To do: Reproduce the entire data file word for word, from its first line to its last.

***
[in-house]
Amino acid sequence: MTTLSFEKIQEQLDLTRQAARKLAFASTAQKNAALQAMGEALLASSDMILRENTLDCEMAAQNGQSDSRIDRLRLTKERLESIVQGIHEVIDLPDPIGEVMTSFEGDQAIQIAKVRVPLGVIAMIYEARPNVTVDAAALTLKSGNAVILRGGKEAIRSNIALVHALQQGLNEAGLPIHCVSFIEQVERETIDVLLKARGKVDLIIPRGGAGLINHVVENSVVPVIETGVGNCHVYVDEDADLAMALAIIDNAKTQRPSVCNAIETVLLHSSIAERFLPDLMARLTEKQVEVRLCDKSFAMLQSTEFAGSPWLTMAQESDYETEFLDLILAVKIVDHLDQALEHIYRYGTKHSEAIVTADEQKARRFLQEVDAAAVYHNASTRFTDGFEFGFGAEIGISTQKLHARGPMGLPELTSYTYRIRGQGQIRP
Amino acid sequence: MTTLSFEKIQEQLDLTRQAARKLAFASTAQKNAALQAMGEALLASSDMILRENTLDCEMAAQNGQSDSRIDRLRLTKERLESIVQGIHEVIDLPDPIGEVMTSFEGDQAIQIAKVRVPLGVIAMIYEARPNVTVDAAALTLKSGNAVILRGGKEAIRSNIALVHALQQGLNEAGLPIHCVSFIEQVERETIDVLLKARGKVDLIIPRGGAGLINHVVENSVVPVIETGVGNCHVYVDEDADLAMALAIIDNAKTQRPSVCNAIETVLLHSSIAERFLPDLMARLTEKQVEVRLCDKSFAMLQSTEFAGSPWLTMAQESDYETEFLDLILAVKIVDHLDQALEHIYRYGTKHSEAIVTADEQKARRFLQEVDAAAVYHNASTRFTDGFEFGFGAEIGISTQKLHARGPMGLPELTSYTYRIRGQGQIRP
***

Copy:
[in-house]
Amino acid sequence: MTTLSFEKIQEQLDLTRQAARKLAFASTAQKNAALQAMGEALLASSDMILRENTLDCEMAAQNGQSDSRIDRLRLTKERLESIVQGIHEVIDLPDPIGEVMTSFEGDQAIQIAKVRVPLGVIAMIYEARPNVTVDAAALTLKSGNAVILRGGKEAIRSNIALVHALQQGLNEAGLPIHCVSFIEQVERETIDVLLKARGKVDLIIPRGGAGLINHVVENSVVPVIETGVGNCHVYVDEDADLAMALAIIDNAKTQRPSVCNAIETVLLHSSIAERFLPDLMARLTEKQVEVRLCDKSFAMLQSTEFAGSPWLTMAQESDYETEFLDLILAVKIVDHLDQALEHIYRYGTKHSEAIVTADEQKARRFLQEVDAAAVYHNASTRFTDGFEFGFGAEIGISTQKLHARGPMGLPELTSYTYRIRGQGQIRP
Amino acid sequence: MTTLSFEKIQEQLDLTRQAARKLAFASTAQKNAALQAMGEALLASSDMILRENTLDCEMAAQNGQSDSRIDRLRLTKERLESIVQGIHEVIDLPDPIGEVMTSFEGDQAIQIAKVRVPLGVIAMIYEARPNVTVDAAALTLKSGNAVILRGGKEAIRSNIALVHALQQGLNEAGLPIHCVSFIEQVERETIDVLLKARGKVDLIIPRGGAGLINHVVENSVVPVIETGVGNCHVYVDEDADLAMALAIIDNAKTQRPSVCNAIETVLLHSSIAERFLPDLMARLTEKQVEVRLCDKSFAMLQSTEFAGSPWLTMAQESDYETEFLDLILAVKIVDHLDQALEHIYRYGTKHSEAIVTADEQKARRFLQEVDAAAVYHNASTRFTDGFEFGFGAEIGISTQKLHARGPMGLPELTSYTYRIRGQGQIRP